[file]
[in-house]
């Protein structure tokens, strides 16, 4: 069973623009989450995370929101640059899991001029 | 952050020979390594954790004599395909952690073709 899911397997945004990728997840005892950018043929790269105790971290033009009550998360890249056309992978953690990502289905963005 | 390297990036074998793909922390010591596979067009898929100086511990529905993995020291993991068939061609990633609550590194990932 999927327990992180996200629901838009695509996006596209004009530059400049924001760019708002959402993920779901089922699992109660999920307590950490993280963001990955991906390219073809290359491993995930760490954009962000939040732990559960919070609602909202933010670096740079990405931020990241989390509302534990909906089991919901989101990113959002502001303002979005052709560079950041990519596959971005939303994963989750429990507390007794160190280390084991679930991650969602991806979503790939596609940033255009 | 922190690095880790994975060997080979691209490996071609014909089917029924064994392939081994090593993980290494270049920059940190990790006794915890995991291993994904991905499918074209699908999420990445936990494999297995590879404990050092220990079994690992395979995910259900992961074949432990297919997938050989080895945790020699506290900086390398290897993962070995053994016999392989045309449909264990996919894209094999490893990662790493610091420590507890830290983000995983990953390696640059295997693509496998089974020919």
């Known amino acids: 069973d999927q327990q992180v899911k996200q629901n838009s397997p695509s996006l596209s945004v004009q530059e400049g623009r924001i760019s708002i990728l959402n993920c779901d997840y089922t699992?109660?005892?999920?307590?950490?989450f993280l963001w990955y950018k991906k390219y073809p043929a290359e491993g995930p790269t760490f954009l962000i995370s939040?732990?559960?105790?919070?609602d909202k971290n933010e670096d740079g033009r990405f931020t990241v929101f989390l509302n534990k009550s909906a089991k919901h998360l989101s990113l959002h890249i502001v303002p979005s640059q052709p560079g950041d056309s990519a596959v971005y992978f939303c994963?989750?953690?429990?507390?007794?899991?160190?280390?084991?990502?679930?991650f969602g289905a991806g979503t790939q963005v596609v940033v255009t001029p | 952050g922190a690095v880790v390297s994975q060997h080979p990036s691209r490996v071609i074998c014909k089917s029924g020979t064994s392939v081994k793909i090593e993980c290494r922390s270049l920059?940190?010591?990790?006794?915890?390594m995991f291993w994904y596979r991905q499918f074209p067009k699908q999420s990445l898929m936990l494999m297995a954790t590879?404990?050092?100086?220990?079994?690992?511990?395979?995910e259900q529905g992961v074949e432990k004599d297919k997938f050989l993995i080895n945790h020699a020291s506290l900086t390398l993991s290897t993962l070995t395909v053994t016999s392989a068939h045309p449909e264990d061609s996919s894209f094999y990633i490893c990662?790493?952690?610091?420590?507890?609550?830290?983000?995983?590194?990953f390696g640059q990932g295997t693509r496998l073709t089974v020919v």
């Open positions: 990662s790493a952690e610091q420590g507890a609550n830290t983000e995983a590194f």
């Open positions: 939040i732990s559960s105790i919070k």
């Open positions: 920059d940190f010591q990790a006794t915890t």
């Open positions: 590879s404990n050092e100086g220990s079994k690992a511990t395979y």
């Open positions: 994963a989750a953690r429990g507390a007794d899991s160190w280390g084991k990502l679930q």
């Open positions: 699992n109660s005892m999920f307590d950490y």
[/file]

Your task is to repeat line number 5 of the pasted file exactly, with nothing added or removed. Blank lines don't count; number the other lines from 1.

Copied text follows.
């Open positions: 939040i732990s559960s105790i919070k």